Performance bonds are the most commonly used surety bond. They ensure that an oblige who has been hired by a principal to do a specific job completes that job to the standard and within the timeframe, of the terms of the contract.
If they do not honor those terms, the surety will give the principal the money they need to hire another contractor to do the outstanding work.
This protects individuals and businesses from cowboy tradesmen who promise to do a good job but cut corners or leave the job incomplete.
If an oblige does a job poorly or leaves it unfinished, they will then be held legally and financially liable by the surety for the money that was paid to the principal to hire someone else.
Maintenance bonds have a similar function to performance bonds. They ensure that an oblige who has completed a job returns to do any necessary repairs or maintenance which are stipulated in the contract.
This does not mean that the principal can call them back indefinitely to do extra work. It means if after completion there is something not right, the oblige must come back and rectify it.
If they do not, the surety will provide the principal with the financial means needed to hire someone else to fix the issues. They will then hold the original oblige legally accountable for this money plus extra charges for the surety.
Payment bonds are very important because they ensure that everyone gets paid for doing the job which was agreed upon in a contract.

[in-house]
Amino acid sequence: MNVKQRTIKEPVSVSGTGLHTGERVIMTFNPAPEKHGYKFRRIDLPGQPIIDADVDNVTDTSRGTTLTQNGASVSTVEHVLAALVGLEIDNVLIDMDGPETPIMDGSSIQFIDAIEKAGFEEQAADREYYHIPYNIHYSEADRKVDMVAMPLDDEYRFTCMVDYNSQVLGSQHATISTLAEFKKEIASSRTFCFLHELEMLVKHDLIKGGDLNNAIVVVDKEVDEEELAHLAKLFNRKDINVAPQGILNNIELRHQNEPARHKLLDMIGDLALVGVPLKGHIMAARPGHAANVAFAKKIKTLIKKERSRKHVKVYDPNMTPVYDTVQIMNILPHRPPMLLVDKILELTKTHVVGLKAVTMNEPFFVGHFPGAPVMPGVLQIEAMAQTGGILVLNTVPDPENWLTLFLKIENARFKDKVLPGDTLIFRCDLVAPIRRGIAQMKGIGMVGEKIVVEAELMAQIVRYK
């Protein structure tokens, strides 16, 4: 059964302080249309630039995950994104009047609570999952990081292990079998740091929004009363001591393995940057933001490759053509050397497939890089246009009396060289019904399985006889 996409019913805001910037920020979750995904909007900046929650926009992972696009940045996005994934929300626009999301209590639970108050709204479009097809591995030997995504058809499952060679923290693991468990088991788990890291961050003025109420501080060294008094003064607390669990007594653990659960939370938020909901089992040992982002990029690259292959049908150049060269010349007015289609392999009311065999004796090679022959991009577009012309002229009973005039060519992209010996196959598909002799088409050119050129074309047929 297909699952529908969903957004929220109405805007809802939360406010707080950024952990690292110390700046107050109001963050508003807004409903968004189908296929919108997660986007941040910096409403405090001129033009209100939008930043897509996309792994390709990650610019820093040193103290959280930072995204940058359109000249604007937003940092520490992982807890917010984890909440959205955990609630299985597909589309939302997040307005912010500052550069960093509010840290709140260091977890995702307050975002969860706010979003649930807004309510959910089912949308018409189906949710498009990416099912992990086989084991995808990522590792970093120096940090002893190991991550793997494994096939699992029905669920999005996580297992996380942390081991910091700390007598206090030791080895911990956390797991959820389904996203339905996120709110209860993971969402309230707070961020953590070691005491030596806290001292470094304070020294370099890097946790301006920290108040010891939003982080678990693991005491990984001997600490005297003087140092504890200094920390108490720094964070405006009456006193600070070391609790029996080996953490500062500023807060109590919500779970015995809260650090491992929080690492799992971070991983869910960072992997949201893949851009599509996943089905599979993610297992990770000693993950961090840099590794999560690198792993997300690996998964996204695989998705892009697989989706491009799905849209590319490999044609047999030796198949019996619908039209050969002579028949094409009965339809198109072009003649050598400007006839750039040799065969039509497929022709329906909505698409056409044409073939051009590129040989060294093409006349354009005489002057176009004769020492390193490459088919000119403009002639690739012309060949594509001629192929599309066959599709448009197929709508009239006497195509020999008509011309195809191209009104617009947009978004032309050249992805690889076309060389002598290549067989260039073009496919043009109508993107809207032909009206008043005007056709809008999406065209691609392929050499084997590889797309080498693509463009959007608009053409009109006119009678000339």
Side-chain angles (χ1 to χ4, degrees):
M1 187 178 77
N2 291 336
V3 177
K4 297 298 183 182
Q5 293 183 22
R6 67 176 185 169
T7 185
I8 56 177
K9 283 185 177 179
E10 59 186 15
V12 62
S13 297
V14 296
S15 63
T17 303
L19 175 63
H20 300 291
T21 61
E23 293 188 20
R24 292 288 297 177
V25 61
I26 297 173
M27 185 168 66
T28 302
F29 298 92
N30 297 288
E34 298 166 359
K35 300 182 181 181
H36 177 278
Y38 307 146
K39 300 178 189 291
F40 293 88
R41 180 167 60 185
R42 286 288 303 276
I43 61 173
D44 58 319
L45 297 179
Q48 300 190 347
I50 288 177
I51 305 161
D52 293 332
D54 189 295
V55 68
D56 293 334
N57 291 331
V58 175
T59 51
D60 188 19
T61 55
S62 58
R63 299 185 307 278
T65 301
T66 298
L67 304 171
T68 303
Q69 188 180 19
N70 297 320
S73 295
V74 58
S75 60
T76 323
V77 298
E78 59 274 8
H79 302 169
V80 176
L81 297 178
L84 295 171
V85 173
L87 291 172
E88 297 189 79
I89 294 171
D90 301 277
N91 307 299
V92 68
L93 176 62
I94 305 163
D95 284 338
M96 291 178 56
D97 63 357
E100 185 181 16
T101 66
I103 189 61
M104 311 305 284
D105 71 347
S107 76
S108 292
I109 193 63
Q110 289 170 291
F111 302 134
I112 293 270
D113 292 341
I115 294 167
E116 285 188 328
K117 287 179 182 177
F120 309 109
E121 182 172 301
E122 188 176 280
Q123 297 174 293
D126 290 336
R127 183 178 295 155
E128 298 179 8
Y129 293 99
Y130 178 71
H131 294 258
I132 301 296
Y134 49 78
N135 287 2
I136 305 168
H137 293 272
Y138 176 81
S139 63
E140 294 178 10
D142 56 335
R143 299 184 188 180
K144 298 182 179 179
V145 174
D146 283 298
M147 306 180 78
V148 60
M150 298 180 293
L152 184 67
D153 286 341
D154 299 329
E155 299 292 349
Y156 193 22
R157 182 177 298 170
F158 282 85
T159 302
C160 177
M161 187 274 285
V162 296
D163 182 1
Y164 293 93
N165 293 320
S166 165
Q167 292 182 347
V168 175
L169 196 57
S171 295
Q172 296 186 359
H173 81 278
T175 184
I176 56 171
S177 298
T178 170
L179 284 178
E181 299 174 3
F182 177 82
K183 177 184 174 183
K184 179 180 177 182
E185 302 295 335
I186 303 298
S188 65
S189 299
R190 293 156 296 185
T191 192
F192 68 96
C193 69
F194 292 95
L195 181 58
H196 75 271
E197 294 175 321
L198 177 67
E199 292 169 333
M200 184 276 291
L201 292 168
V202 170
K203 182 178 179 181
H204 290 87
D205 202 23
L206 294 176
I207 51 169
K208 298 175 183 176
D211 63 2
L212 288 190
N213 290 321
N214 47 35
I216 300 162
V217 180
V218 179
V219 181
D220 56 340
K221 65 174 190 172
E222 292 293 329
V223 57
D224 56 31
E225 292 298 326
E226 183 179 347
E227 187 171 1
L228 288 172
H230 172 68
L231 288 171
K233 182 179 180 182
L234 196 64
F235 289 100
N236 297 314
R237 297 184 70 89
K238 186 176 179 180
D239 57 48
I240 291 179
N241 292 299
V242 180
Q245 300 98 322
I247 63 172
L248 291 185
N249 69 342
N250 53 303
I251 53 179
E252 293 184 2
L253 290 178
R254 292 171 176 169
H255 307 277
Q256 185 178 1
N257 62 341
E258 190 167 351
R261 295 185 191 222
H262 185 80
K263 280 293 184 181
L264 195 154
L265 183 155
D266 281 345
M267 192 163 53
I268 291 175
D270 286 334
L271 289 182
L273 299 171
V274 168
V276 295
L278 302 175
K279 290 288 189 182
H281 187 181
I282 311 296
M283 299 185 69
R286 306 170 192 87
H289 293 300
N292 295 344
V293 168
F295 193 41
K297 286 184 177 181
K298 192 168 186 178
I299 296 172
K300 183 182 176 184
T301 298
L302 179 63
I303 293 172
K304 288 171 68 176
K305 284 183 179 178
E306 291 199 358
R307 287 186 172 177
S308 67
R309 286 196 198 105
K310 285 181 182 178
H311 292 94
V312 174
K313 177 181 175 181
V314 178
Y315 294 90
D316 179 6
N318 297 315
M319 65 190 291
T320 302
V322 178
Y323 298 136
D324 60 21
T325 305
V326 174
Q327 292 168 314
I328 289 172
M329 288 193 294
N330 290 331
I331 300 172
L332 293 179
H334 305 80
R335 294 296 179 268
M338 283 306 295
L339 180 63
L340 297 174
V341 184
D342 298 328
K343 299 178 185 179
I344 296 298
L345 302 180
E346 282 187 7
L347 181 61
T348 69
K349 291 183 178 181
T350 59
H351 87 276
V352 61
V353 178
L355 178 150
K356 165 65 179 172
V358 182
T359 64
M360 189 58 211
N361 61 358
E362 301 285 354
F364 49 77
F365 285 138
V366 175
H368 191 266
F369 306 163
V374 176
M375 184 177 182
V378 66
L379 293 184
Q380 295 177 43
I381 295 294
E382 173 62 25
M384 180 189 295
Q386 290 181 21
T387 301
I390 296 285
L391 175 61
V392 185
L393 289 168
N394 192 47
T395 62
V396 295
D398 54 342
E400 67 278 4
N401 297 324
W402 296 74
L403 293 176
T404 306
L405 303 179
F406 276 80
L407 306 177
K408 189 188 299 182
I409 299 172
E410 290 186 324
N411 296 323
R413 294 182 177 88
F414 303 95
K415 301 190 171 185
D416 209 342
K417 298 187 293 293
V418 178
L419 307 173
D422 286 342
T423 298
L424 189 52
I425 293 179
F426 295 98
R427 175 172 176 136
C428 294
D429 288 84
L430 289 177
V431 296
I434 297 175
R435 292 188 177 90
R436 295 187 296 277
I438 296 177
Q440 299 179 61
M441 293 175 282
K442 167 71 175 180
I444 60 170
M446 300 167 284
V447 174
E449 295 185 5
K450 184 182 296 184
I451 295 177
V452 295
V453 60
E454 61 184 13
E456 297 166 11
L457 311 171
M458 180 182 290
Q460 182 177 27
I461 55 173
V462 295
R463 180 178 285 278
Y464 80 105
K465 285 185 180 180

This can be a contractor working for an individual or a construction firm, or it can be for the construction firm itself. Payment bonds have almost the opposite function to a performance or maintenance bond.
If the job has been completed to the agreed-upon standards and within the agreed timeframe, but the principal refuses to pay, the surety will give the oblige the money they are owed for the work.
It is then the principal who is held accountable by the surety for this money who has wide-ranging legal powers to extract it plus extra fees and penalties.
Bid bonds are slightly different from the other three types of contract bonds. When there is a big construction project being planned, many contractors and construction companies will be invited to bid on the project.
Essentially, they submit a proposal that says they can do the planned work for a certain price. If a bid is accepted, but the company is then unable to fulfill its promise, the surety will give the principal a refund plus the difference in price to the next highest bid.
This will enable the principal to hire another oblige without losing too much time or money due to the delay. The surety will then get this money plus extra fees back from the original oblige which had the bid accepted which it couldn’t deliver.
Surety bonds are incredibly useful for so many different types of contracts and business agreements. They provide all parties with unique protections and assurances so that contracts are honored. If you are about to enter into a contract, look into how a surety bond can protect you.